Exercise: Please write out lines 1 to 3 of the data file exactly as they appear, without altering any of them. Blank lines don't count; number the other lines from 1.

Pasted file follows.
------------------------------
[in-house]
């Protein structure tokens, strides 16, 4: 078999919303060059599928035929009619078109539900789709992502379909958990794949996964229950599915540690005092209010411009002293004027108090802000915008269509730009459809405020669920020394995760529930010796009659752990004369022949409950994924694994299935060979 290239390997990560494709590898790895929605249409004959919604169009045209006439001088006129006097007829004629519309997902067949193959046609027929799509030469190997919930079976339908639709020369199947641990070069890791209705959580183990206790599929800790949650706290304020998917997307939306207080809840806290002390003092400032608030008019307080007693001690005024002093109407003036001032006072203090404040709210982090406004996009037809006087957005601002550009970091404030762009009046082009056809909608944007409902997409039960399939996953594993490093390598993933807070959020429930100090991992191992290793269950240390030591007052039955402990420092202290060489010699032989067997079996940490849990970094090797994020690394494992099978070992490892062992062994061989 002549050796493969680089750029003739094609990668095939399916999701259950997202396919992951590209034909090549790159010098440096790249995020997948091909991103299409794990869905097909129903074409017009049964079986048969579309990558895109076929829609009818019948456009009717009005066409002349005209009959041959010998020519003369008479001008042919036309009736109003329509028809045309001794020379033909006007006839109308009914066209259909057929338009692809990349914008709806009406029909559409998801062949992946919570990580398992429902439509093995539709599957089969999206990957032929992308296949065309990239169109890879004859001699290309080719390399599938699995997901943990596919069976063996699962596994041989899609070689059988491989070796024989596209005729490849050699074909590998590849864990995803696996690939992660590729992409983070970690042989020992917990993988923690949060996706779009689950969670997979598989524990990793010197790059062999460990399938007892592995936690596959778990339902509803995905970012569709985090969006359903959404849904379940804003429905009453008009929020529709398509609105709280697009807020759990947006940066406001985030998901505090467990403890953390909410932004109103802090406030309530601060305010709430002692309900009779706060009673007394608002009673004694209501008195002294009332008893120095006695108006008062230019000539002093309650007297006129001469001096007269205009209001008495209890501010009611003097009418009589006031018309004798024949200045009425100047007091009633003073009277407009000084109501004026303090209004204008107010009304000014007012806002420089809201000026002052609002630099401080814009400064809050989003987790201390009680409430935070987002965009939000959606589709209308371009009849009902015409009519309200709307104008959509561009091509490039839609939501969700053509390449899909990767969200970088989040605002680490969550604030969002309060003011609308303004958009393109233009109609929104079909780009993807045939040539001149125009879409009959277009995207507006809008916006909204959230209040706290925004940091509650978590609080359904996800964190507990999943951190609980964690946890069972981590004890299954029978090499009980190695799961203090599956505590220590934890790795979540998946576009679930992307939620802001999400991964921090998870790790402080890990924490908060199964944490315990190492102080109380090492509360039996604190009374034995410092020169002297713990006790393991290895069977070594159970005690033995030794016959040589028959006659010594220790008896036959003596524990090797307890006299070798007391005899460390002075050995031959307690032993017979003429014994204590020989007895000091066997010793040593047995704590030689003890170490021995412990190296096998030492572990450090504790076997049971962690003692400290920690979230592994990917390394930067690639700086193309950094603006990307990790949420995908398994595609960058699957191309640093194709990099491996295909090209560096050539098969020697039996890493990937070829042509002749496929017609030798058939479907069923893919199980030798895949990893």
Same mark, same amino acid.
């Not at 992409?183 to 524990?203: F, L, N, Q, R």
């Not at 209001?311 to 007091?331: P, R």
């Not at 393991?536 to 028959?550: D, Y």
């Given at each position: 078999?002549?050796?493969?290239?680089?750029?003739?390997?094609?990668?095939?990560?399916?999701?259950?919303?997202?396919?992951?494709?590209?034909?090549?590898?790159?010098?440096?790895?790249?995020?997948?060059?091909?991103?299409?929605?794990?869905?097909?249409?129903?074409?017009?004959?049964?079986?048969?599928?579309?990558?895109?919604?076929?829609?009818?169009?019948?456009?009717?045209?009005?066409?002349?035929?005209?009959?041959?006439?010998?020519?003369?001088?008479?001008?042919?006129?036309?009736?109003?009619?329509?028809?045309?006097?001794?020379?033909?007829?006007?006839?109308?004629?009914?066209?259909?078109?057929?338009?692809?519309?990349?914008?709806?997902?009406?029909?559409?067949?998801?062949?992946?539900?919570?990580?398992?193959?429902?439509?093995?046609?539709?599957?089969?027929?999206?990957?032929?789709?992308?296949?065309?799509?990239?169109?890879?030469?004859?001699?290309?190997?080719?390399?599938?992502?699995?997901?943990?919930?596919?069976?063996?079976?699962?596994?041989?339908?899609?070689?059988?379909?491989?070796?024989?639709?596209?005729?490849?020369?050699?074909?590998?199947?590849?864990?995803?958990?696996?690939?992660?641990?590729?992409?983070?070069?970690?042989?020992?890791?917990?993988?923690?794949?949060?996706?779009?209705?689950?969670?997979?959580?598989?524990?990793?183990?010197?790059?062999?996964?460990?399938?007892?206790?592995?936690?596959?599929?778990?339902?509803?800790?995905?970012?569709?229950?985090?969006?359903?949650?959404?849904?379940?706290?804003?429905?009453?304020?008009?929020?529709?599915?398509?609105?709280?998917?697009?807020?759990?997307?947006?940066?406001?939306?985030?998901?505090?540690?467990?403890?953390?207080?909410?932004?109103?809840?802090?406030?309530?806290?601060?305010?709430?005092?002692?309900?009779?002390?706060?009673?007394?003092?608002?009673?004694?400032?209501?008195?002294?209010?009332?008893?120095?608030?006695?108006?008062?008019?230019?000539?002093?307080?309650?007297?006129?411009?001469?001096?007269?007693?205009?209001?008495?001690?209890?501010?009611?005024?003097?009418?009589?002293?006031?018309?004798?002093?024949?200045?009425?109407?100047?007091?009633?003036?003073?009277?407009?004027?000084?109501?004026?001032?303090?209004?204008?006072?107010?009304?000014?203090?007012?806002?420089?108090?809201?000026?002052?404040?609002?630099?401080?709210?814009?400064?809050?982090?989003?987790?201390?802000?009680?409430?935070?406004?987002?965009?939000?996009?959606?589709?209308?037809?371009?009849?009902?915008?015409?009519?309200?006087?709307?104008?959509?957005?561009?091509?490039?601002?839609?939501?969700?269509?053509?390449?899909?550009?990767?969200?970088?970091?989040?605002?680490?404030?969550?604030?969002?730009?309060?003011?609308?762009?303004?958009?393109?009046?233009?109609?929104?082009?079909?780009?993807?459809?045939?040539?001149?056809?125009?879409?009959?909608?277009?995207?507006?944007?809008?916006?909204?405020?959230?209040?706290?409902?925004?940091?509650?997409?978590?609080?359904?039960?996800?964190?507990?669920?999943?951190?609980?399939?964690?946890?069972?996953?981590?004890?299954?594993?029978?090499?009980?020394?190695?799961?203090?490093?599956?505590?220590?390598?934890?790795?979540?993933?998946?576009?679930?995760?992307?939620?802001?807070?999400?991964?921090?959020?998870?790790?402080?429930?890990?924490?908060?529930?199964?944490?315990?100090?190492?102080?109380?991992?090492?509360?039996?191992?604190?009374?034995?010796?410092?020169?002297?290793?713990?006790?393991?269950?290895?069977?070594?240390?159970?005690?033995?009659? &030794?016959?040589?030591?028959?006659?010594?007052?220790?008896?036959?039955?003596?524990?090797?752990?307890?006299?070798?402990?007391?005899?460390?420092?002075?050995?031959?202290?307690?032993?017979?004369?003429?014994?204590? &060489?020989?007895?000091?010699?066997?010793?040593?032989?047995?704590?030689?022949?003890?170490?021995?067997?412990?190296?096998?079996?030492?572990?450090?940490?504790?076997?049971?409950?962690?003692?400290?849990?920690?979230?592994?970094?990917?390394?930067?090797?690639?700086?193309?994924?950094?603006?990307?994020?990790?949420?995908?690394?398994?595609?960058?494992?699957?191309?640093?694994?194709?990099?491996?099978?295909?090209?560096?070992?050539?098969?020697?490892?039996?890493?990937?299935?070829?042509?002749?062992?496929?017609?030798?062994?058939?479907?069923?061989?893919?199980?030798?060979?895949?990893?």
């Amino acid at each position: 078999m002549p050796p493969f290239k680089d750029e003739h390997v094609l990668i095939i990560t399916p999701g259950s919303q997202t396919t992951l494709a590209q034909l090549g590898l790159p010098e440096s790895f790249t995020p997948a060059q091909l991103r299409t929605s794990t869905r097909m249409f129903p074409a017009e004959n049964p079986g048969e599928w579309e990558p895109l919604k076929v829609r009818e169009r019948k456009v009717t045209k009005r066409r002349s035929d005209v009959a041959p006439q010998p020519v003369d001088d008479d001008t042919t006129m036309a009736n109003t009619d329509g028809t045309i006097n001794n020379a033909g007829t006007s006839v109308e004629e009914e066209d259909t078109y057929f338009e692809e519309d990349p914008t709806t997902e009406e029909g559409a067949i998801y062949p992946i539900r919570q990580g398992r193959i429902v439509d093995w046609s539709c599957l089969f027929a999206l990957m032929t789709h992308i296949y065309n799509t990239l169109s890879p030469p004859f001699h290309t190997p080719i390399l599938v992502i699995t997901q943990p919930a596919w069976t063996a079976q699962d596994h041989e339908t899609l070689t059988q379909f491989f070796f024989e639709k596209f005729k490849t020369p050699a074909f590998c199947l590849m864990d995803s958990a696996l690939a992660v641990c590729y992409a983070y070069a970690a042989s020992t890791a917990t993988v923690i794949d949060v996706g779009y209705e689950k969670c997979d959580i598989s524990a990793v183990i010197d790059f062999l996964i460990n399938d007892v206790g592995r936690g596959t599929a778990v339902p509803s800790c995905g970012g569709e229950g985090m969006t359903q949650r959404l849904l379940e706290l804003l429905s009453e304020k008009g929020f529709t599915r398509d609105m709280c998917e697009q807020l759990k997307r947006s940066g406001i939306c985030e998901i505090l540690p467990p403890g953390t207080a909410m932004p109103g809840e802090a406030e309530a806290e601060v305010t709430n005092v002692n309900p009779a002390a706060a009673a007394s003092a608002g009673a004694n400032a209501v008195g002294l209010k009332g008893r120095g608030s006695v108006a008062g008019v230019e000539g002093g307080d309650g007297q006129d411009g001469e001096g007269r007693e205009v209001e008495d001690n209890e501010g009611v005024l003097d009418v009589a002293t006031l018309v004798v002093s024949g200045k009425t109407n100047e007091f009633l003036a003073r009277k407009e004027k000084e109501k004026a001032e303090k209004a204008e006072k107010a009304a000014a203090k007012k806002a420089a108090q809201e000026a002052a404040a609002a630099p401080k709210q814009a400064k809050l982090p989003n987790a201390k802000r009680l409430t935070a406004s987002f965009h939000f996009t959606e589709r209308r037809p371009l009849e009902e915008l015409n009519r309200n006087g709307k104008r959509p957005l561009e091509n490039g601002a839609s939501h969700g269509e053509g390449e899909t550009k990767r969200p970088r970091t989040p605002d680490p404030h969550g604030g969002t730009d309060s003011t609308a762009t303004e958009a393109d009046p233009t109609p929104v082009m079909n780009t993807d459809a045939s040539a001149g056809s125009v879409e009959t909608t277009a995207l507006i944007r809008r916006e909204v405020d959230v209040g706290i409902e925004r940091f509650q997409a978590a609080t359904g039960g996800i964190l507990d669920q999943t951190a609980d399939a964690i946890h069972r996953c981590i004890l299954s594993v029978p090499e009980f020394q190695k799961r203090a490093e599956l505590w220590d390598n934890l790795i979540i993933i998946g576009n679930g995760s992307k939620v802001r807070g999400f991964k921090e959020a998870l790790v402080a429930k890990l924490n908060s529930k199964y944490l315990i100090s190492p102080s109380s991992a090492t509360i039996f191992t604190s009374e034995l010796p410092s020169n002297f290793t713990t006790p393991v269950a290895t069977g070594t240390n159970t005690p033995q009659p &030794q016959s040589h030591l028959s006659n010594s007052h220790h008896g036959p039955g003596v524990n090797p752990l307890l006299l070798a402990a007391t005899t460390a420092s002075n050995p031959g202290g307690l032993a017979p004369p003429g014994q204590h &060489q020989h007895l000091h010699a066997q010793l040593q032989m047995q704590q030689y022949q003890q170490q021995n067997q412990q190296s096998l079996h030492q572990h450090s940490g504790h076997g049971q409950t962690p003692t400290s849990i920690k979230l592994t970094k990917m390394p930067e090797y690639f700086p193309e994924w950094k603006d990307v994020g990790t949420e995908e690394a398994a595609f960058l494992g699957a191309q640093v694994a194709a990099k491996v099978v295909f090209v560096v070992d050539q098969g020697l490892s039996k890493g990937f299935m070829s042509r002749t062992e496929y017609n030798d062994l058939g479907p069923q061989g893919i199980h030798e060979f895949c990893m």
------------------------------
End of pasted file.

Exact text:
[in-house]
């Protein structure tokens, strides 16, 4: 078999919303060059599928035929009619078109539900789709992502379909958990794949996964229950599915540690005092209010411009002293004027108090802000915008269509730009459809405020669920020394995760529930010796009659752990004369022949409950994924694994299935060979 290239390997990560494709590898790895929605249409004959919604169009045209006439001088006129006097007829004629519309997902067949193959046609027929799509030469190997919930079976339908639709020369199947641990070069890791209705959580183990206790599929800790949650706290304020998917997307939306207080809840806290002390003092400032608030008019307080007693001690005024002093109407003036001032006072203090404040709210982090406004996009037809006087957005601002550009970091404030762009009046082009056809909608944007409902997409039960399939996953594993490093390598993933807070959020429930100090991992191992290793269950240390030591007052039955402990420092202290060489010699032989067997079996940490849990970094090797994020690394494992099978070992490892062992062994061989 002549050796493969680089750029003739094609990668095939399916999701259950997202396919992951590209034909090549790159010098440096790249995020997948091909991103299409794990869905097909129903074409017009049964079986048969579309990558895109076929829609009818019948456009009717009005066409002349005209009959041959010998020519003369008479001008042919036309009736109003329509028809045309001794020379033909006007006839109308009914066209259909057929338009692809990349914008709806009406029909559409998801062949992946919570990580398992429902439509093995539709599957089969999206990957032929992308296949065309990239169109890879004859001699290309080719390399599938699995997901943990596919069976063996699962596994041989899609070689059988491989070796024989596209005729490849050699074909590998590849864990995803696996690939992660590729992409983070970690042989020992917990993988923690949060996706779009689950969670997979598989524990990793010197790059062999460990399938007892592995936690596959778990339902509803995905970012569709985090969006359903959404849904379940804003429905009453008009929020529709398509609105709280697009807020759990947006940066406001985030998901505090467990403890953390909410932004109103802090406030309530601060305010709430002692309900009779706060009673007394608002009673004694209501008195002294009332008893120095006695108006008062230019000539002093309650007297006129001469001096007269205009209001008495209890501010009611003097009418009589006031018309004798024949200045009425100047007091009633003073009277407009000084109501004026303090209004204008107010009304000014007012806002420089809201000026002052609002630099401080814009400064809050989003987790201390009680409430935070987002965009939000959606589709209308371009009849009902015409009519309200709307104008959509561009091509490039839609939501969700053509390449899909990767969200970088989040605002680490969550604030969002309060003011609308303004958009393109233009109609929104079909780009993807045939040539001149125009879409009959277009995207507006809008916006909204959230209040706290925004940091509650978590609080359904996800964190507990999943951190609980964690946890069972981590004890299954029978090499009980190695799961203090599956505590220590934890790795979540998946576009679930992307939620802001999400991964921090998870790790402080890990924490908060199964944490315990190492102080109380090492509360039996604190009374034995410092020169002297713990006790393991290895069977070594159970005690033995030794016959040589028959006659010594220790008896036959003596524990090797307890006299070798007391005899460390002075050995031959307690032993017979003429014994204590020989007895000091066997010793040593047995704590030689003890170490021995412990190296096998030492572990450090504790076997049971962690003692400290920690979230592994990917390394930067690639700086193309950094603006990307990790949420995908398994595609960058699957191309640093194709990099491996295909090209560096050539098969020697039996890493990937070829042509002749496929017609030798058939479907069923893919199980030798895949990893």
Same mark, same amino acid.